Ban on Mein Kampf to remain
13 September 2007, AMSTERDAM (dpa) - Dutch education minister Ronald Plasterk said there were no plans to lift a ban on Adolf Hitler's book Mein Kampf, after comments in which he was quoted as saying the book should be made freely available were published Wednesday.
13 September 2007
AMSTERDAM (dpa) - Dutch education minister Ronald Plasterk said there were no plans to lift a ban on Adolf Hitler's book Mein Kampf, after comments in which he was quoted as saying the book should be made freely available were published Wednesday.
Dutch magazine Hollands Diep earlier Wednesday quoted Plasterk as saying in an interview that "Perhaps we should lift the ban on Mein Kampf. Let it be freely obtainable."
The Labour PvdA member later said his remarks did "not indicate a policy change" and that he understood the emotional reactions to his remarks that erupted following the release of the interview.
"Mein Kampf is the symbol of all the atrocities of World War II," Plasterk added.
His remarks in the interview, Plasterk said, were meant as a reply to the repeated calls on the government by Geert Wilders, leader of the right-wing Freedom party PVV, to ban the Koran entirely.
Wilders proposed the ban on the Muslim holy scripture arguing that the Koran incites people to hatred and violence.
"Most people think banning the Koran is one step too far," Plasterk had told Hollands Diep. "But Wilders is right when he says people object to a ban on the Koran while at the same time Mein Kampf is not freely obtainable."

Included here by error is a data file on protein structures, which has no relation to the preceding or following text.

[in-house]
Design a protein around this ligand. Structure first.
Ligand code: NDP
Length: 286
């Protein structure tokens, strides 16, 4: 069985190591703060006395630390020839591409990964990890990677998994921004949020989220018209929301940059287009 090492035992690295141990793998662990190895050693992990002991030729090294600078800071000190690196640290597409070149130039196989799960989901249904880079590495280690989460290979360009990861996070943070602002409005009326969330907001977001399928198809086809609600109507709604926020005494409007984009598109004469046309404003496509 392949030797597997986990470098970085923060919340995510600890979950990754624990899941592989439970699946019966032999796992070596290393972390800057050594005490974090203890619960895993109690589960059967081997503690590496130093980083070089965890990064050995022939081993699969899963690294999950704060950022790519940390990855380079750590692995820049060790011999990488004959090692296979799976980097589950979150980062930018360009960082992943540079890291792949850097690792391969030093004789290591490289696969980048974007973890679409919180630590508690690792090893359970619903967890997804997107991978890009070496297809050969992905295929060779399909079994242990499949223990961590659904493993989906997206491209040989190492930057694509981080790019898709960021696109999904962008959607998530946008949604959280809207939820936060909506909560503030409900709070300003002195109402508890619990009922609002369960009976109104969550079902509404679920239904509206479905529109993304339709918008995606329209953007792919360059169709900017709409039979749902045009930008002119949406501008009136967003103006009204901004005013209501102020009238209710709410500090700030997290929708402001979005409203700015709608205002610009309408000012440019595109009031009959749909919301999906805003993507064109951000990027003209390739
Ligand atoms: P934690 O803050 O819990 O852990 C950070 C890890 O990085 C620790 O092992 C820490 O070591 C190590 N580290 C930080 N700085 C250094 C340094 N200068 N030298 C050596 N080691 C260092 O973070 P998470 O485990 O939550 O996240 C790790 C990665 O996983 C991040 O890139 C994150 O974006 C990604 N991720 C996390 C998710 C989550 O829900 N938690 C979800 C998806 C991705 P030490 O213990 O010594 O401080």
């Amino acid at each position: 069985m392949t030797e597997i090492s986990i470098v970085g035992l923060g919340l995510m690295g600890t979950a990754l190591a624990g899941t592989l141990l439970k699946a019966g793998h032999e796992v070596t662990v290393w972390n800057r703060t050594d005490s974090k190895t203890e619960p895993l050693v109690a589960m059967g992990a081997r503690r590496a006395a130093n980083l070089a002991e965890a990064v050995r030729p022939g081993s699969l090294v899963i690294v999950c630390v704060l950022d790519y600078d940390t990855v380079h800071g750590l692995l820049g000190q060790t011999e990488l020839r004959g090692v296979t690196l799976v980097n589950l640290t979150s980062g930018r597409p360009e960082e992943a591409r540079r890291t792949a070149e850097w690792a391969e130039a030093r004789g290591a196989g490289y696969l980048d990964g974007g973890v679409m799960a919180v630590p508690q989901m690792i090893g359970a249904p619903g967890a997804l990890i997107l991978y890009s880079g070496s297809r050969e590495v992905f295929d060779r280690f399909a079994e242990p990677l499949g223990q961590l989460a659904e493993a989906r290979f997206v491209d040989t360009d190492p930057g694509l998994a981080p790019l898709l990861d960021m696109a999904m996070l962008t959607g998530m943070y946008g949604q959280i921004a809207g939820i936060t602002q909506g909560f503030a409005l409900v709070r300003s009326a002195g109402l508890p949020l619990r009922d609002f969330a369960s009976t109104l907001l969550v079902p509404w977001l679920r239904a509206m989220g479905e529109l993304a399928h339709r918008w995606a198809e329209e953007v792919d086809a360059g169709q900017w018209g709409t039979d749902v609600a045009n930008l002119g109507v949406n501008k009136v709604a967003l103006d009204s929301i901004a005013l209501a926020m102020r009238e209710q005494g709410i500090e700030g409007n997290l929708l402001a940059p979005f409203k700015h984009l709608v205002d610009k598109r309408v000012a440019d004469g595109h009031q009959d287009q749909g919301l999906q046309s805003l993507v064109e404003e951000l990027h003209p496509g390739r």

But Dutch politicians responded emotionally after having read the interview.
The Christian Democrats CDA, the biggest party in the coalition government, criticised Plasterk's remarks.
The Christian Union, the smallest coalition partner, was less critical about the minister's remarks. A spokesman for the party's parliamentary faction stressed that no ban existed on the academic use of Mein Kampf.
Wilders said lifting the ban on Hitler's book is "absolutely insane."
"I am calling upon the government to ban one book which incites to hatred and violence, and in response we have got another hate inciting book back. This will certainly please the fascists," he said.
However, other parties supported Plasterk's proposal to lift the ban on Mein Kampf. On behalf of Labour PvdA, the second biggest party in the coalition, legislator Aleid Wolfsen said he agreed "in principle" with fellow party member Plasterk.
Most opposition parties, including centre-liberal VVD party, left-liberal D66 party as well as the leftist Greens, said they did not object to lifting the ban.
[Copyright dpa 2007]
Subject: Dutch news